It’s the morning after and Scotland’s butterfly couldn’t fly high enough.
Christine de Luca’s poem The morning after is available in full on the Scottish Poetry Library site and ends:
We’re a citizenry of bonnie fighters,
a gathered folk; a culture that imparts,
inspires, demands a rare devotion,
no back-tracking; that each should work
and play our several parts to bring about
the best in Scotland, an open heart.
I’m English. My parents are Scots, but I was born (1957) and brought up in the North of England so I’ve always identified as English. In 1986, jobs brought my husband and me to Glasgow and we’ve lived here ever since. If you’d asked me in the 80s or 90s what I thought of Scottish Independence I’d have been firmly against. I remember saying to a friend (also English) that if it happened, I’d need to move out – I can’t even begin to understand now why I felt that. I reminded him of this recently and he remembered too – however, he’s still a No and I’m now a Yes. This is a narrative of how that happened. I’m not making detailed arguments – there’s plenty of information out there¹, and to those who say they don’t have enough facts to decide I would reply a) you’re not looking hard enough and b) some things can’t be facts before the vote. The No Camp is obsessed with currency and Europe, but how can the Yes Camp give definitive answers when nothing will be decided until after independence negotiations are concluded? Although I’m reasonably convinced that we will keep the pound and we will stay in Europe, for me the question is one of principle: that Scotland is better governed by the people who live and work here.
So how did I get here? When I moved to Glasgow in the 80s, I was surprised at the idea of one homogenous “Down South” that most people seemed to have. I thought that the part of the world I came from had a lot in common with Central Scotland – I’d lived in Consett, for example, which was devastated when the steelworks were closed down under the Tories. But, no, I was just from Down South. I only once suffered from actual anti-English feeling though, when I put my head above the parapet by writing to the Herald about an instance of it they had reported. I got anonymous letters and phone calls in the night – very unpleasant, but I think that sort of anti-Englishness is much dissipated now. Being in favour of independence is not anti-English, it’s anti-Westminster rule and pro-self-government.
For a long time, I still felt overwhelming loyalty to my roots, to the point that in the devolution referendum in 1997 I actively chose not to vote. I couldn’t bring myself to vote No because I didn’t like my fellow-travellers (mostly the Tories) but I felt, as an English person, it wasn’t really my decision and I was worried about the consequences. What would happen to the North of England, also generally left-of-centre, if devolution eventually led to Scotland leaving the Union? Would the rest of the UK be condemned to Tory rule forever? The answer is no – there have only been 3 instances since the 1832 Reform Act of the UK Prime Minister depending on Scottish MPs.² I’m sorry, of course, that those in England who live in areas which consistently fail to get the government they voted for do not have the same chance to change the system, but the unit of government is nations, not cities or regions. Scotland is a nation, we do have the chance to vote for a better system and I now think we should grasp it.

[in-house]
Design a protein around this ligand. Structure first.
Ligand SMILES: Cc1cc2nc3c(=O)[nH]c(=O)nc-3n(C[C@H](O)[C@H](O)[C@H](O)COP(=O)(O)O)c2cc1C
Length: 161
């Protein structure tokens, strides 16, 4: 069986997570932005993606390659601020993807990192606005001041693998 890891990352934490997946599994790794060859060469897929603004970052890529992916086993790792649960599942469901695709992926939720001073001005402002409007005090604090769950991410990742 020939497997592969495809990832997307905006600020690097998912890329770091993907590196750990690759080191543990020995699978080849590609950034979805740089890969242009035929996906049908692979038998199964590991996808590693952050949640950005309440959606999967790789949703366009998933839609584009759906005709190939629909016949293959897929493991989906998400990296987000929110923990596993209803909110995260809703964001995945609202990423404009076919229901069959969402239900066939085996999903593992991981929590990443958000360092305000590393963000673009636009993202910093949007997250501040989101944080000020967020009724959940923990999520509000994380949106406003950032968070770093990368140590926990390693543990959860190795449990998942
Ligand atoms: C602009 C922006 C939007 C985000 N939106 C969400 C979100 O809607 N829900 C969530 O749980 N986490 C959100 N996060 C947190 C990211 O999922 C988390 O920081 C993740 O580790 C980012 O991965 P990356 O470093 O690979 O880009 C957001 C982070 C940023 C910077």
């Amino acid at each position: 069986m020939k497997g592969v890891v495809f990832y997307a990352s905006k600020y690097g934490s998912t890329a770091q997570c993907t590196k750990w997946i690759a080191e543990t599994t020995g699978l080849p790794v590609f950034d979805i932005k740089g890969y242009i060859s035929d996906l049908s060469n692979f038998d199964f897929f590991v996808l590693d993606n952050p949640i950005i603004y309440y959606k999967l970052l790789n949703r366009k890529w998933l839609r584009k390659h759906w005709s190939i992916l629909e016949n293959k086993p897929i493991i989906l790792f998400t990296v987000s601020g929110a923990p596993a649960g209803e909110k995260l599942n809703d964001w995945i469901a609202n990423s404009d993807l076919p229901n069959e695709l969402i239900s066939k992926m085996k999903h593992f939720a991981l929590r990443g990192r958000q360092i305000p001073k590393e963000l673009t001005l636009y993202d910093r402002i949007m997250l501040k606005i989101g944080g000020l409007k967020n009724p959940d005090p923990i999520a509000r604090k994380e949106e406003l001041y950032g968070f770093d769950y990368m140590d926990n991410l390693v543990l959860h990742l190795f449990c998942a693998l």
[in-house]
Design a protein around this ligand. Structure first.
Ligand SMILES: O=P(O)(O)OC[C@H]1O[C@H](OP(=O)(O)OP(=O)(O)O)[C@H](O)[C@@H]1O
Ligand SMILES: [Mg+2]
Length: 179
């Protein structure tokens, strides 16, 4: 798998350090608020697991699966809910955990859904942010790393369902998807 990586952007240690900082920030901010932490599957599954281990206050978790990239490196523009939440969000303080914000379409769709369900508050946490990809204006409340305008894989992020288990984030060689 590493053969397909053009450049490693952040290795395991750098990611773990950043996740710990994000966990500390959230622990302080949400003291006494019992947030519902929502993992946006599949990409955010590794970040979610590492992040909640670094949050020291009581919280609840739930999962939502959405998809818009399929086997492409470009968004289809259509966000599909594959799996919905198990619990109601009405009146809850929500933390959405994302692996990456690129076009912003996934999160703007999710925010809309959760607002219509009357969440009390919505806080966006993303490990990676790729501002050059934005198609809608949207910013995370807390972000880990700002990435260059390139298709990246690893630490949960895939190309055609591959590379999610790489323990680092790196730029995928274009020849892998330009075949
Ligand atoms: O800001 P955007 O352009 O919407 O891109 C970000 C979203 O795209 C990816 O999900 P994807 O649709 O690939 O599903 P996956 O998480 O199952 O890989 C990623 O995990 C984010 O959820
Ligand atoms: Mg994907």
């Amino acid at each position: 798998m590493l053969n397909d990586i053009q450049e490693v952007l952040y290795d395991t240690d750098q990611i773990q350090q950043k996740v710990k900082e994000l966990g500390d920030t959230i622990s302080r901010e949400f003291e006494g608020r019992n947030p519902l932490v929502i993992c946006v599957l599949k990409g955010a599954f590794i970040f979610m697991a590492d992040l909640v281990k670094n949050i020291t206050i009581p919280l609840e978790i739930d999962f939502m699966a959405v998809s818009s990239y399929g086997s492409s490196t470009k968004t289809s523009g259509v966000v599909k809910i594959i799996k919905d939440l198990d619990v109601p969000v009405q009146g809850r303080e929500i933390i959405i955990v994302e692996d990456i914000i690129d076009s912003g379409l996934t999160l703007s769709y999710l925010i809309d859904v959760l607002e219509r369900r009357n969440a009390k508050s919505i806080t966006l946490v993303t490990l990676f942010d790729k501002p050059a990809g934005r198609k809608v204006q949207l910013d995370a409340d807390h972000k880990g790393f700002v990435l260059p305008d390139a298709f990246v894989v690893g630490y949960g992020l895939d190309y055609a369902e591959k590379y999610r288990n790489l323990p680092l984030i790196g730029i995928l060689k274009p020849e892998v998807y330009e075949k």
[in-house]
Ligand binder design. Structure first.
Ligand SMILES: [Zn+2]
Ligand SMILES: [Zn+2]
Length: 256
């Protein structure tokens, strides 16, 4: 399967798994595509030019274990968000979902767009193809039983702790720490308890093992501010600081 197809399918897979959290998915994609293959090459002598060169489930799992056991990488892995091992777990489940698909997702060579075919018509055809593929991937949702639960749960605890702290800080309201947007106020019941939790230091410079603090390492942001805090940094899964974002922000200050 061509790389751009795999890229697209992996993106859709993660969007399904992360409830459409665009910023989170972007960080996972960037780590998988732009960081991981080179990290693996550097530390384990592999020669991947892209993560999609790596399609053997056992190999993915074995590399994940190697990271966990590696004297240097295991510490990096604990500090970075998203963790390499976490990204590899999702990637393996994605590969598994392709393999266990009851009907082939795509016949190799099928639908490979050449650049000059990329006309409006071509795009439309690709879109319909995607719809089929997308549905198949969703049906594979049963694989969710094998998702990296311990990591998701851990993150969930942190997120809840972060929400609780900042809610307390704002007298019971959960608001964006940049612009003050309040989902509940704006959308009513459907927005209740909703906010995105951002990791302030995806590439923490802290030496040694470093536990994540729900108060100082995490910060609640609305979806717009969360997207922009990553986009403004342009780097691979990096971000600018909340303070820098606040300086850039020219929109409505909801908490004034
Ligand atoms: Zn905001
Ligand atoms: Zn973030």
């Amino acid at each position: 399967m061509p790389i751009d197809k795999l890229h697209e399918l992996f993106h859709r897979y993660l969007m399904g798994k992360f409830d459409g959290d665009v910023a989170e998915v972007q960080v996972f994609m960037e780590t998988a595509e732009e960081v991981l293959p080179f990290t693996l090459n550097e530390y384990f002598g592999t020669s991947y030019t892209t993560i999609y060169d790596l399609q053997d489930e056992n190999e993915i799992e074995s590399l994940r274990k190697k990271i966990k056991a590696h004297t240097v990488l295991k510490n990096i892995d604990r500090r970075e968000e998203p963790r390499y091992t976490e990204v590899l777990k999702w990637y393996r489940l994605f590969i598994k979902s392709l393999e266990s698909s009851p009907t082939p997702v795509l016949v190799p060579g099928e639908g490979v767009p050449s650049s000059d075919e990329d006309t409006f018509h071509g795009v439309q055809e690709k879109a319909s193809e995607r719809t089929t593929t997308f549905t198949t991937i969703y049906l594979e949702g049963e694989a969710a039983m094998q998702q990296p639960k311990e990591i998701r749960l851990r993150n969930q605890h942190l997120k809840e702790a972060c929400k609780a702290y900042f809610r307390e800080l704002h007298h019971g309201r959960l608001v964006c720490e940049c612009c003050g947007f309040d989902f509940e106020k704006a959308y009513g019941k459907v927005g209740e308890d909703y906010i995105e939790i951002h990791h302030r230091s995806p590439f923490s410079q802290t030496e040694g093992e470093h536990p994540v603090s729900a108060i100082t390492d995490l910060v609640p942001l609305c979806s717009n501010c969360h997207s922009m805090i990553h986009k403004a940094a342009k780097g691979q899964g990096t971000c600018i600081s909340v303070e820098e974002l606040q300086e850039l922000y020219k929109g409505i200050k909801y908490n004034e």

When did my views change? I remember saying to another friend some years ago that maybe I would start feeling more Scottish when I’d lived here half my life. The context was the Calcutta Cup (rugby match) – I always supported England against Scotland. Then in 2012, I suddenly realised I was rooting for Scotland to win! I had lived in Scotland for 26 years and I was 55, so not quite half my life, but near enough. From that point, I was aware of myself thinking more as a Scot and beginning to question the way we were governed.
It seems to me that Scotland is already more democratic than the UK. We have no unelected second chamber and a more proportional form of representation – which has actually benefited the Tories, who were so firmly against devolution. But we still have to work within the constraints of Westminster budgets (and no, we are not subsidy junkies and our services are not paid for by English taxes)³, so although the Scottish Government can, for example, mitigate the effects of the Bedroom Tax, welfare is not devolved so we can’t get rid of it altogether. Ed Miliband’s view is that if we vote Labour next year we will have a more socially just society. Even if that were true, and I’m not convinced he will win, nor that Labour would know social justice if it bit them on the nose these days, what about the election in 2020? 2025? We could be back in the situation we are in now. He’s also mistaken in trying to make it a party political matter. It’s not. If we want to vote the SNP out after independence, we can. With independence, we can make sure we get the government and policies that Scotland votes for every time. That’s the big reason why I’m voting Yes, and I look forward to casting my vote next Thursday.
¹For the Yes case, The Wee Blue Book is an excellent source. I follow several blogs such as Bella Caledonia, source of the image at the top of the page (winner of a competition for an Indy Poster – there are 20 entries which are free to download and share) and very informative, and Wee Ginger Dug who makes me laugh and cry, sometimes both at once, but always manages to be uplifting.
²For more information on Scotland’s lack of influence on the outcome of UK elections, see Adam Ramsay’s article England, do not be afraid on the New Left Project blog and the Principles and politics section of The Wee Blue Book which detail the few governments which have depended on Scottish MPs.
³See the Economy section of The Wee Blue Book for facts and figures.